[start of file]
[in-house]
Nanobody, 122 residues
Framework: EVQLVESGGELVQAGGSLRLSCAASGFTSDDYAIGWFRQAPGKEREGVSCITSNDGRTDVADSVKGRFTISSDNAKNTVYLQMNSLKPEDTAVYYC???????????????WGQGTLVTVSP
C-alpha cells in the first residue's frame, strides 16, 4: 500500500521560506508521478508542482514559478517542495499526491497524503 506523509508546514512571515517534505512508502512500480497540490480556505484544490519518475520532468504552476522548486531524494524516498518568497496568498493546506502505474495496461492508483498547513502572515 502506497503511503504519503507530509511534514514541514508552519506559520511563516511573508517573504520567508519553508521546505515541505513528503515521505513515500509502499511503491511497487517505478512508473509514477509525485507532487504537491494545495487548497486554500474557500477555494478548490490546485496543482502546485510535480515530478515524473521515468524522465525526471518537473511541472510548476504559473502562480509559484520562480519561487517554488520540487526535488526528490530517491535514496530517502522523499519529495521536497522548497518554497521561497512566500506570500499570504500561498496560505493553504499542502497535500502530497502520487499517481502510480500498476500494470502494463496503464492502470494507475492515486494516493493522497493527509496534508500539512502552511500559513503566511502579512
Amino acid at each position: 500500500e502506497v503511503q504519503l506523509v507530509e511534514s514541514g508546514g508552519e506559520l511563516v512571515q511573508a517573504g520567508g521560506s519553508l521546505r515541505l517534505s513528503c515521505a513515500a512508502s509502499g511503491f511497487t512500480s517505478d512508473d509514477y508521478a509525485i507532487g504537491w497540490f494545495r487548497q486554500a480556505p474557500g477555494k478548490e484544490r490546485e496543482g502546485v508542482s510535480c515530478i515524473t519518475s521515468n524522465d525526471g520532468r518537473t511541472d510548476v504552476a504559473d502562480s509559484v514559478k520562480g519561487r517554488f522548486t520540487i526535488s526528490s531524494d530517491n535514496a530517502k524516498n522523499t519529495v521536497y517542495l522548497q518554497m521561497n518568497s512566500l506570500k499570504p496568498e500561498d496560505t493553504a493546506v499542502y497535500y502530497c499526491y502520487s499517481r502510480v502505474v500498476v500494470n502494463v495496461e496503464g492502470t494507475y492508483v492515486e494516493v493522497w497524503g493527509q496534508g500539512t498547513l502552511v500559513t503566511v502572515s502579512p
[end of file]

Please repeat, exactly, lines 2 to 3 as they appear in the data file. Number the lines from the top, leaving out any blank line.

Nanobody, 122 residues
Framework: EVQLVESGGELVQAGGSLRLSCAASGFTSDDYAIGWFRQAPGKEREGVSCITSNDGRTDVADSVKGRFTISSDNAKNTVYLQMNSLKPEDTAVYYC???????????????WGQGTLVTVSP